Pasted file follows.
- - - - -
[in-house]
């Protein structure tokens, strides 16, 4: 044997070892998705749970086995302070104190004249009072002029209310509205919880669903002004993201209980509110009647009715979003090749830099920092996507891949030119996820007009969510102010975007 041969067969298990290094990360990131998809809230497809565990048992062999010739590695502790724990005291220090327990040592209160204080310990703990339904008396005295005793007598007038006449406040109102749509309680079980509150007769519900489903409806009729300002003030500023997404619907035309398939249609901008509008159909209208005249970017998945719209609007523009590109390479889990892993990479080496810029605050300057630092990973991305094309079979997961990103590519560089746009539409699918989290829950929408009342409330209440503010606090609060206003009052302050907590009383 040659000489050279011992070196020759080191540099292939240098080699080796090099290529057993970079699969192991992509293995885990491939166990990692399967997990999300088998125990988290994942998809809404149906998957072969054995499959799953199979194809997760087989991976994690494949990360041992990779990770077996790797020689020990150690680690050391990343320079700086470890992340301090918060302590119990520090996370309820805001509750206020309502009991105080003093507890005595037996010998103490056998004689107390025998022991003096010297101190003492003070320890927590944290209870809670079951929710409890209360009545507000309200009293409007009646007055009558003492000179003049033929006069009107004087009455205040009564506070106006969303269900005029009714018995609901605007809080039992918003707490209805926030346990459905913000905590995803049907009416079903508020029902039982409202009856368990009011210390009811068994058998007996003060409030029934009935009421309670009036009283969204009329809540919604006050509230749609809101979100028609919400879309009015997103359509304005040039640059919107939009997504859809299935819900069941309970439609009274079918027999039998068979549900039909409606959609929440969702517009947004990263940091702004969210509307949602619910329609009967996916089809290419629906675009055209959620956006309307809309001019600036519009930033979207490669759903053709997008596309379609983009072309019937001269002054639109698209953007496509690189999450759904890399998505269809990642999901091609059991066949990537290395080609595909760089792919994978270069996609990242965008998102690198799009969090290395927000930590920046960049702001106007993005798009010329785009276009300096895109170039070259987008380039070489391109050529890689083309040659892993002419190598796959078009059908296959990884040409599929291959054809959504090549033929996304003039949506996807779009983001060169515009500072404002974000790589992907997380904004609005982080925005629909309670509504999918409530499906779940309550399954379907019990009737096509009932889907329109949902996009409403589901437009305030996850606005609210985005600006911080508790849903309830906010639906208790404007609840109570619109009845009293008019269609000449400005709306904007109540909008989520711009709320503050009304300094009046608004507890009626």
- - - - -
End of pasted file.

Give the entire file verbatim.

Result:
[in-house]
């Protein structure tokens, strides 16, 4: 044997070892998705749970086995302070104190004249009072002029209310509205919880669903002004993201209980509110009647009715979003090749830099920092996507891949030119996820007009969510102010975007 041969067969298990290094990360990131998809809230497809565990048992062999010739590695502790724990005291220090327990040592209160204080310990703990339904008396005295005793007598007038006449406040109102749509309680079980509150007769519900489903409806009729300002003030500023997404619907035309398939249609901008509008159909209208005249970017998945719209609007523009590109390479889990892993990479080496810029605050300057630092990973991305094309079979997961990103590519560089746009539409699918989290829950929408009342409330209440503010606090609060206003009052302050907590009383 040659000489050279011992070196020759080191540099292939240098080699080796090099290529057993970079699969192991992509293995885990491939166990990692399967997990999300088998125990988290994942998809809404149906998957072969054995499959799953199979194809997760087989991976994690494949990360041992990779990770077996790797020689020990150690680690050391990343320079700086470890992340301090918060302590119990520090996370309820805001509750206020309502009991105080003093507890005595037996010998103490056998004689107390025998022991003096010297101190003492003070320890927590944290209870809670079951929710409890209360009545507000309200009293409007009646007055009558003492000179003049033929006069009107004087009455205040009564506070106006969303269900005029009714018995609901605007809080039992918003707490209805926030346990459905913000905590995803049907009416079903508020029902039982409202009856368990009011210390009811068994058998007996003060409030029934009935009421309670009036009283969204009329809540919604006050509230749609809101979100028609919400879309009015997103359509304005040039640059919107939009997504859809299935819900069941309970439609009274079918027999039998068979549900039909409606959609929440969702517009947004990263940091702004969210509307949602619910329609009967996916089809290419629906675009055209959620956006309307809309001019600036519009930033979207490669759903053709997008596309379609983009072309019937001269002054639109698209953007496509690189999450759904890399998505269809990642999901091609059991066949990537290395080609595909760089792919994978270069996609990242965008998102690198799009969090290395927000930590920046960049702001106007993005798009010329785009276009300096895109170039070259987008380039070489391109050529890689083309040659892993002419190598796959078009059908296959990884040409599929291959054809959504090549033929996304003039949506996807779009983001060169515009500072404002974000790589992907997380904004609005982080925005629909309670509504999918409530499906779940309550399954379907019990009737096509009932889907329109949902996009409403589901437009305030996850606005609210985005600006911080508790849903309830906010639906208790404007609840109570619109009845009293008019269609000449400005709306904007109540909008989520711009709320503050009304300094009046608004507890009626």